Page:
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Two on a Tower

Chapter 22
Lady Constantine flung down the old-fashioned lacework, whose beauties she
had been pointing out to Swithin, and exclaimed, 'Who can it be? Not Louis,
surely?'
They listened. An arrival was such a phenomenon at this unfrequented mansion,
and particularly a late arrival, that no servant was on the alert to respond to the
call; and the visitor rang again, more loudly than before. Sounds of the tardy
opening and shutting of a passage-door from the kitchen quarter then reached
their ears, and Viviette went into the corridor to hearken more attentively. In a few
minutes she returned to the wardrobe-room in which she had left Swithin.
'Yes; it is my brother!' she said with difficult composure. 'I just caught his voice.
He has no doubt come back from Paris to stay. This is a rather vexatious,
indolent way he has, never to write to prepare me!'
'I can easily go away,' said Swithin.
By this time, however, her brother had been shown into the house, and the
footsteps of the page were audible, coming in search of Lady Constantine.
'If you will wait there a moment,' she said, directing St. Cleeve into a bedchamber
which adjoined; 'you will be quite safe from interruption, and I will quickly come
back.' Taking the light she left him.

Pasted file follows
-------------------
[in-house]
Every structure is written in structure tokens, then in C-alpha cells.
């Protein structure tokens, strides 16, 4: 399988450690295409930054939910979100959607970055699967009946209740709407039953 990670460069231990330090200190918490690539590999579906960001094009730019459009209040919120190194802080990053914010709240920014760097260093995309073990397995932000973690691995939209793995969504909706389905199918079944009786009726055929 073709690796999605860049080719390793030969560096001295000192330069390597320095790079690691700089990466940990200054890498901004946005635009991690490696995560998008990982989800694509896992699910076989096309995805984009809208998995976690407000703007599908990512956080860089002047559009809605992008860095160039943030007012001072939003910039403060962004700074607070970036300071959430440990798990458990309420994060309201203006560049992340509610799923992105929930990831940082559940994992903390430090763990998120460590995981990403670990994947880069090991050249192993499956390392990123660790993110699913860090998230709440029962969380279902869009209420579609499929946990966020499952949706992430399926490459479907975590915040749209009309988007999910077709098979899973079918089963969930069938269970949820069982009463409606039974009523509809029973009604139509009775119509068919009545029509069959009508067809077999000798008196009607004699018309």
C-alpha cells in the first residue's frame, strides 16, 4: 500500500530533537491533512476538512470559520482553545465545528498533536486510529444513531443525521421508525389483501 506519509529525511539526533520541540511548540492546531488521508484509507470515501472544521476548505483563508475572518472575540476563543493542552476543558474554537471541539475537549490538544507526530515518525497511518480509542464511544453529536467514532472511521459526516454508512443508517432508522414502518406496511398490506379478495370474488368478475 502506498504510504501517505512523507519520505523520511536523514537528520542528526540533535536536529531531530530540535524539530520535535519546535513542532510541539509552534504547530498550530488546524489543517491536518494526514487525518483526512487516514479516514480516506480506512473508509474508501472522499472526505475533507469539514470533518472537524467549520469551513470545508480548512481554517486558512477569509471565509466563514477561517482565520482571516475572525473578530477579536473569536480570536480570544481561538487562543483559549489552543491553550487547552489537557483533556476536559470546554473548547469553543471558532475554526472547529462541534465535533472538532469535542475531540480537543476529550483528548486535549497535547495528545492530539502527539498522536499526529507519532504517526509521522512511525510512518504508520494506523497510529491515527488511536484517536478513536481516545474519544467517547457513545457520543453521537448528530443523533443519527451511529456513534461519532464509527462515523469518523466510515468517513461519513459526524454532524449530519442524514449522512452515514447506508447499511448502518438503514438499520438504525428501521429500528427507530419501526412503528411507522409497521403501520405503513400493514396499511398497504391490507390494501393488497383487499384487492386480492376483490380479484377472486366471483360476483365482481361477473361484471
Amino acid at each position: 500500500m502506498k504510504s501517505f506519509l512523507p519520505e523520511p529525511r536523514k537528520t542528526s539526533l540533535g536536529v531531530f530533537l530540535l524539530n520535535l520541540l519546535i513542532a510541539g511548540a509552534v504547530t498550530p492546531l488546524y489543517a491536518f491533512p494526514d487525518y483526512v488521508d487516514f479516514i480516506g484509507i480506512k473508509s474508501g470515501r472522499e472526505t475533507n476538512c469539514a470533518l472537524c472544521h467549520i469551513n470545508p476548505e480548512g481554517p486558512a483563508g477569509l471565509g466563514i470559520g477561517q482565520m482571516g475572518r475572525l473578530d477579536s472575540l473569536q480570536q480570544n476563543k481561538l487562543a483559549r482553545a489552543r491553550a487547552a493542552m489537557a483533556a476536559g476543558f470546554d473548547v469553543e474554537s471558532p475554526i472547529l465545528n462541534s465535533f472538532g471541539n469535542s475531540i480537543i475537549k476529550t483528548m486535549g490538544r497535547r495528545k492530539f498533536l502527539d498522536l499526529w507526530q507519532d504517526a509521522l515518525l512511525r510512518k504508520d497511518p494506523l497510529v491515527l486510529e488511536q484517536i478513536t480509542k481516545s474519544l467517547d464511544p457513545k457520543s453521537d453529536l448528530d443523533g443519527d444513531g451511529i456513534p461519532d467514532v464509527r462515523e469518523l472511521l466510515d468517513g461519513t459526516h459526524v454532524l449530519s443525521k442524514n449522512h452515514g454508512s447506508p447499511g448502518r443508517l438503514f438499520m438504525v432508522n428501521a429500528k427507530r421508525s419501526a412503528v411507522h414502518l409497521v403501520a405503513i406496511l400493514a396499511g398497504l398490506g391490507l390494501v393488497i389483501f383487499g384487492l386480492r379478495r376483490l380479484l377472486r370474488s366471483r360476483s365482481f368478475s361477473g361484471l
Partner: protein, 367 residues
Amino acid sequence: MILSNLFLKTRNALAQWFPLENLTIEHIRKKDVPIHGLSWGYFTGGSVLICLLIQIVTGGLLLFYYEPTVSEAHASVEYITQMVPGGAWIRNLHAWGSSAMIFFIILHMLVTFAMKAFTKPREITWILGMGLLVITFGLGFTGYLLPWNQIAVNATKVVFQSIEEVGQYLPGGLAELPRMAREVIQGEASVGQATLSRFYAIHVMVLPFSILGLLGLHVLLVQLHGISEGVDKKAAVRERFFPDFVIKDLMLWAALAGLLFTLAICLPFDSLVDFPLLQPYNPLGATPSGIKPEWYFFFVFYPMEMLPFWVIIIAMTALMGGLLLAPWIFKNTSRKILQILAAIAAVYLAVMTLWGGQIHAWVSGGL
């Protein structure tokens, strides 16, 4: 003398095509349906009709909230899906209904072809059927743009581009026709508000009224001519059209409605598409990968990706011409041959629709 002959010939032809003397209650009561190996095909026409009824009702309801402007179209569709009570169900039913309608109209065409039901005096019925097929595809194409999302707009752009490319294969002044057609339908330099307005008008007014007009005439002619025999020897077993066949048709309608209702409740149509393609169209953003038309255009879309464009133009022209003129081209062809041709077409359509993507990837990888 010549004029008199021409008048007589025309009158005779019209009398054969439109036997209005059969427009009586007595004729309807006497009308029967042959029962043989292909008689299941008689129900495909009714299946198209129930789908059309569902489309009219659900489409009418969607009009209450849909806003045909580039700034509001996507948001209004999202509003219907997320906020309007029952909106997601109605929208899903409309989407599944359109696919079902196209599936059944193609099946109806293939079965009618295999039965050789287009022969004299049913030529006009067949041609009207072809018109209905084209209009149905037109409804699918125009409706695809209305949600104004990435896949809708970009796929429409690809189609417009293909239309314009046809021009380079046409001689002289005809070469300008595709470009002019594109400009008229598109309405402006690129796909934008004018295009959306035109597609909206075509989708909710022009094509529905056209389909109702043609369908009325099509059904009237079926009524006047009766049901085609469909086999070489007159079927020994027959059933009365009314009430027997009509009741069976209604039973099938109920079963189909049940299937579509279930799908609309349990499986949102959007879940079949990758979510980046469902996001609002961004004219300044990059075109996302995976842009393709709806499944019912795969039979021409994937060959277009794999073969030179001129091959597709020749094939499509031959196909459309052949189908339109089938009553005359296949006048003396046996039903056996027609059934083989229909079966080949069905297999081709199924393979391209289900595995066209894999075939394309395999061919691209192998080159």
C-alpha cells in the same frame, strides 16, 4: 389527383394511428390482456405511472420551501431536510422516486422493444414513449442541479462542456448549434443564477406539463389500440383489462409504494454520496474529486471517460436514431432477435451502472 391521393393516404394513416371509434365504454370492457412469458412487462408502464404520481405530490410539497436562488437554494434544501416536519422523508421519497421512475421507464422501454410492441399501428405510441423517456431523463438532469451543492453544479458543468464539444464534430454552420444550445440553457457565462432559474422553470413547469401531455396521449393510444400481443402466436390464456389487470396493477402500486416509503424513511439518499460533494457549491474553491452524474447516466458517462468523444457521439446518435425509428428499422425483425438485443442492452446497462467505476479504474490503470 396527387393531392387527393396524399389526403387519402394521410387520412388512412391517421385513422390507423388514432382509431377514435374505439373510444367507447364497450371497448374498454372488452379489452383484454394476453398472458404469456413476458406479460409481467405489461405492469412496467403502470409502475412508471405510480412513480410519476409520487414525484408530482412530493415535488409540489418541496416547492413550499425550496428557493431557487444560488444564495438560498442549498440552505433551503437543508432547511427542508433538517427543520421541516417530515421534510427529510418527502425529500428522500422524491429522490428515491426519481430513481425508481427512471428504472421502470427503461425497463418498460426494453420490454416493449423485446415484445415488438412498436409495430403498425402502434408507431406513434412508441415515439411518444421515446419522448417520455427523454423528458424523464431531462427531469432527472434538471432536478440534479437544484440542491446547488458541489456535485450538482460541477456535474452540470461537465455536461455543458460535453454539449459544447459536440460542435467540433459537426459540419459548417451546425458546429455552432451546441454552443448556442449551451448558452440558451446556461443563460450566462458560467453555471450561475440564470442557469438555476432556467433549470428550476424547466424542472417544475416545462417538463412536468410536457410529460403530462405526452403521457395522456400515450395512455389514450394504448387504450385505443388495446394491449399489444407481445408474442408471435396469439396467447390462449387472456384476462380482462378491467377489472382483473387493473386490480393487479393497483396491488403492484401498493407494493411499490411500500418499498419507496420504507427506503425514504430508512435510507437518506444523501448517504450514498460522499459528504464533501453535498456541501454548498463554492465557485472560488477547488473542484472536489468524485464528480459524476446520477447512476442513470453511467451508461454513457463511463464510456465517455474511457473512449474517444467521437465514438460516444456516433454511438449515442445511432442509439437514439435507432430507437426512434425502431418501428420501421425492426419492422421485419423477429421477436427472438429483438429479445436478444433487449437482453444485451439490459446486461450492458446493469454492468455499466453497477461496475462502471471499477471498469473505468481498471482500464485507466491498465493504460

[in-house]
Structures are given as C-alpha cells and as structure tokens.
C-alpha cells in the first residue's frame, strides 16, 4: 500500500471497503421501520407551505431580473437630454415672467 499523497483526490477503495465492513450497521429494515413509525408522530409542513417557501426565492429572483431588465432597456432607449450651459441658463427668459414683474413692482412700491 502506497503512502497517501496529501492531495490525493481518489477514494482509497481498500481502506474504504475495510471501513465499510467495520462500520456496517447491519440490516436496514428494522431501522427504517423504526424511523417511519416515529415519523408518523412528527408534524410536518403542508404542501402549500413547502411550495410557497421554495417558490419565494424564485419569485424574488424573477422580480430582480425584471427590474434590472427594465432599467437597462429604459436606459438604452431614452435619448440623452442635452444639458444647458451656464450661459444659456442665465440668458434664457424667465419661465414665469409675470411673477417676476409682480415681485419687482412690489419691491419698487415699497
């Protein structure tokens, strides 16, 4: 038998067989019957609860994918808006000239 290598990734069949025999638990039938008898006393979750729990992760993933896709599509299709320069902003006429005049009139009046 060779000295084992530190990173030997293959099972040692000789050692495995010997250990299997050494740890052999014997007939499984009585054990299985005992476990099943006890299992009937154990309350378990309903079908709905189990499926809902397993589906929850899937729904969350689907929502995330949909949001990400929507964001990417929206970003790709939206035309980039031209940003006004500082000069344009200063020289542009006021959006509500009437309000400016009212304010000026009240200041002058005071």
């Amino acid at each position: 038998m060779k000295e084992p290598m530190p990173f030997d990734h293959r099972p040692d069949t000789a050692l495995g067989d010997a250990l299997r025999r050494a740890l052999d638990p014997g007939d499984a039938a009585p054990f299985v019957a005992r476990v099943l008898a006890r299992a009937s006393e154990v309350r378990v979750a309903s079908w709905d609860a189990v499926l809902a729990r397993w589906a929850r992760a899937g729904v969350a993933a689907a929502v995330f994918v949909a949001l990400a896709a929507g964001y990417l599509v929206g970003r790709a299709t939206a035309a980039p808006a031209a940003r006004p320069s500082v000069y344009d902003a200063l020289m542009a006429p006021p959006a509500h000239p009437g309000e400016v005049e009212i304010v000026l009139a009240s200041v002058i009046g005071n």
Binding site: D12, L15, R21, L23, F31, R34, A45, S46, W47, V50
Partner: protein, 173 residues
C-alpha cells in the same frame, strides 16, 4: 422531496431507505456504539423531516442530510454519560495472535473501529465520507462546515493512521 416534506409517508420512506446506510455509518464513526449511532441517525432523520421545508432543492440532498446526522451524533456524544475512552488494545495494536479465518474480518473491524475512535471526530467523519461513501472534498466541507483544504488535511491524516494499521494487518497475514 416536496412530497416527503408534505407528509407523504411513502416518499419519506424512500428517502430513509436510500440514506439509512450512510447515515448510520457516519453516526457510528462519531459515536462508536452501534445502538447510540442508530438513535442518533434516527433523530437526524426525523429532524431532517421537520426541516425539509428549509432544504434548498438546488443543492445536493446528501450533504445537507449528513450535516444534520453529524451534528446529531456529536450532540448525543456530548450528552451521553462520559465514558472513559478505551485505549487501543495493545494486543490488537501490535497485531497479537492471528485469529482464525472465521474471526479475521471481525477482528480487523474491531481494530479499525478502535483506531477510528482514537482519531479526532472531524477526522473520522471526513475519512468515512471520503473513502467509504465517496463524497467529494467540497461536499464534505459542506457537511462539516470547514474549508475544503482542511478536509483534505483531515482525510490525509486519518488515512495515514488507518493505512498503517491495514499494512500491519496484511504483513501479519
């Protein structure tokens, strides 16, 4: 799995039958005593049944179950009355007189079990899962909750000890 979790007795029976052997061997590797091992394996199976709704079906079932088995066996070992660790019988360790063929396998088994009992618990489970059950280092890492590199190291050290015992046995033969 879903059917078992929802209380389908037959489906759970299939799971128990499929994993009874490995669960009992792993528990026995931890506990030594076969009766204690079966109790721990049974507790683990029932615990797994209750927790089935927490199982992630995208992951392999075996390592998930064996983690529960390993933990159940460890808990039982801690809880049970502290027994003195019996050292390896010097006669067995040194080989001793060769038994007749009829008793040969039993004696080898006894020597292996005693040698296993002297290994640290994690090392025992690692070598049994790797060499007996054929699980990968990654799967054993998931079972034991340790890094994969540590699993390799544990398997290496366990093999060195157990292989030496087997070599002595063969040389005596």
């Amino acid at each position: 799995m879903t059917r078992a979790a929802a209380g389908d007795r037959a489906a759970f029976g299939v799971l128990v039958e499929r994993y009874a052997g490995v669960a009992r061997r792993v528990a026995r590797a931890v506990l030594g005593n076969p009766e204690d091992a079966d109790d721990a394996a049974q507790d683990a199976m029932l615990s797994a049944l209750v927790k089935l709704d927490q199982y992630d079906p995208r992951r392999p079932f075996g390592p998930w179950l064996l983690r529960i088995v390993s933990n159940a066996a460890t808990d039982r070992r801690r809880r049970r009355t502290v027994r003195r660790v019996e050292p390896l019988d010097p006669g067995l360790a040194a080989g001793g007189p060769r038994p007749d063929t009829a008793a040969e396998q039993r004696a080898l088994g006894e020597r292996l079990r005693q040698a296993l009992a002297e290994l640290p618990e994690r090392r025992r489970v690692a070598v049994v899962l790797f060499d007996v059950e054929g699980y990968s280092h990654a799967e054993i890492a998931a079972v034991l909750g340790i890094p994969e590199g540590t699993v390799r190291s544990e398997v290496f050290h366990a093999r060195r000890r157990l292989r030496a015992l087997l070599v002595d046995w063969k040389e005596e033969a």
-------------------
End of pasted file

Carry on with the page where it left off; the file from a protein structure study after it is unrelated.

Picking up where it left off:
Swithin waited in darkness. Not more than ten minutes had passed when a
whisper in her voice came through the keyhole. He opened the door.
'Yes; he is come to stay!' she said. 'He is at supper now.'
'Very well; don't be flurried, dearest. Shall I stay too, as we planned?'
'O, Swithin, I fear not!' she replied anxiously. 'You see how it is. To-night we have
broken the arrangement that you should never come here; and this is the result.
Will it offend you if--I ask you to leave?'
'Not in the least. Upon the whole, I prefer the comfort of my little cabin and
homestead to the gauntness and alarms of this place.'
'There, now, I fear you are offended!' she said, a tear collecting in her eye. 'I wish
I was going back with you to the cabin! How happy we were, those three days of
our stay there! But it is better, perhaps, just now, that you should leave me. Yes,
these rooms are oppressive. They require a large household to make them
cheerful. . . . Yet, Swithin,' she added, after reflection, 'I will not request you to
go. Do as you think best. I will light a night- light, and leave you here to consider.
For myself, I must go downstairs to my brother at once, or he'll wonder what I am
doing.'
She kindled the little light, and again retreated, closing the door upon him.
Swithin stood and waited some time; till he considered that upon the whole it
would be preferable to leave. With this intention he emerged and went softly
along the dark passage towards the extreme end, where there was a little
crooked staircase that would conduct him down to a disused side door.
Descending this stair he duly arrived at the other side of the house, facing the
quarter whence the wind blew, and here he was surprised to catch the noise of
 
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